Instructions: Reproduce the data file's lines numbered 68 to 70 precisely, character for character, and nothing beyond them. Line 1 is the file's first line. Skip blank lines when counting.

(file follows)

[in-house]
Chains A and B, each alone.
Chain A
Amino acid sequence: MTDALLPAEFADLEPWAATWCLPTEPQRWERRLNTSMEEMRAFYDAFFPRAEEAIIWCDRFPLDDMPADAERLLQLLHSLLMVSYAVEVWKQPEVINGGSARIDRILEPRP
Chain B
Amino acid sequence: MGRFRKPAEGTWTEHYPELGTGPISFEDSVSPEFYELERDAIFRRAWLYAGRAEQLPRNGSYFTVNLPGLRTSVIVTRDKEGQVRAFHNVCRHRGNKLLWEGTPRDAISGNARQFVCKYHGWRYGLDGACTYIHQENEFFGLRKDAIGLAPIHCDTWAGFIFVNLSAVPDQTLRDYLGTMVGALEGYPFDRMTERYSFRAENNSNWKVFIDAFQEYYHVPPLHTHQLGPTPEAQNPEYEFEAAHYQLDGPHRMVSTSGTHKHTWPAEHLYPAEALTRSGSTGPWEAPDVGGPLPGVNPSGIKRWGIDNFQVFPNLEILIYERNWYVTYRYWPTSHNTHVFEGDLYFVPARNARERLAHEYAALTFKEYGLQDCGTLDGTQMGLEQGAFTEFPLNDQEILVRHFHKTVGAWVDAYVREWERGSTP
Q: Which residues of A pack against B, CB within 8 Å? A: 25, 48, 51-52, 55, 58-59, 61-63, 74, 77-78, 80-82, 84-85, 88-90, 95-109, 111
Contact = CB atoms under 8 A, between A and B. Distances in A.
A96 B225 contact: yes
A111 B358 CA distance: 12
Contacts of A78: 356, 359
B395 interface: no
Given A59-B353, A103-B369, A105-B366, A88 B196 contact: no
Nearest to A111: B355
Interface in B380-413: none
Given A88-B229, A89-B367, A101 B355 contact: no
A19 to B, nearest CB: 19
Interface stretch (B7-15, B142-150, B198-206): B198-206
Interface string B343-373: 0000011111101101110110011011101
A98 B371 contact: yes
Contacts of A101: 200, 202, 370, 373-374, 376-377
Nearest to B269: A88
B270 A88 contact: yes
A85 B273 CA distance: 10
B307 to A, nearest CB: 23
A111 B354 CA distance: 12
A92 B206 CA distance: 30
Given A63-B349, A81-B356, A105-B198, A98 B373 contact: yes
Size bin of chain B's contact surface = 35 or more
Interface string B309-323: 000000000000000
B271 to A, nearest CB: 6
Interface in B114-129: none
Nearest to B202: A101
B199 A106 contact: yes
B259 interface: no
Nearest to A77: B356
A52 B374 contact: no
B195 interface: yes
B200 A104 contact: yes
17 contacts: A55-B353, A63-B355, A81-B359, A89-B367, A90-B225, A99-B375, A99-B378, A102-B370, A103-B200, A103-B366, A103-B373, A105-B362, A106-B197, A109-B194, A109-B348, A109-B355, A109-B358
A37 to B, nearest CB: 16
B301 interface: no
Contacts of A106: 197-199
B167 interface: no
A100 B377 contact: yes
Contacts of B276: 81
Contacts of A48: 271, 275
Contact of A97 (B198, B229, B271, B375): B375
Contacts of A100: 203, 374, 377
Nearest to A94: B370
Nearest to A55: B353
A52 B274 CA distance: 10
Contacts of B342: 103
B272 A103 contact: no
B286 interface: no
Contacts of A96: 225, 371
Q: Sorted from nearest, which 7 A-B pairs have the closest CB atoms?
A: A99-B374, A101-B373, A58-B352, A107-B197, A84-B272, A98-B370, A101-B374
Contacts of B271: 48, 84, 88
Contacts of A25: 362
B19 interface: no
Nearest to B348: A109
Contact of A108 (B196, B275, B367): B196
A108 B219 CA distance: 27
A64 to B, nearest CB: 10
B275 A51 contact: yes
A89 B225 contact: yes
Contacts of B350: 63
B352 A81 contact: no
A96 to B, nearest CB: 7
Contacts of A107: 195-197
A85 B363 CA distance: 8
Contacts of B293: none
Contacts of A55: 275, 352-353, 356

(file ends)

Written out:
Contacts of B350: 63
B352 A81 contact: no
A96 to B, nearest CB: 7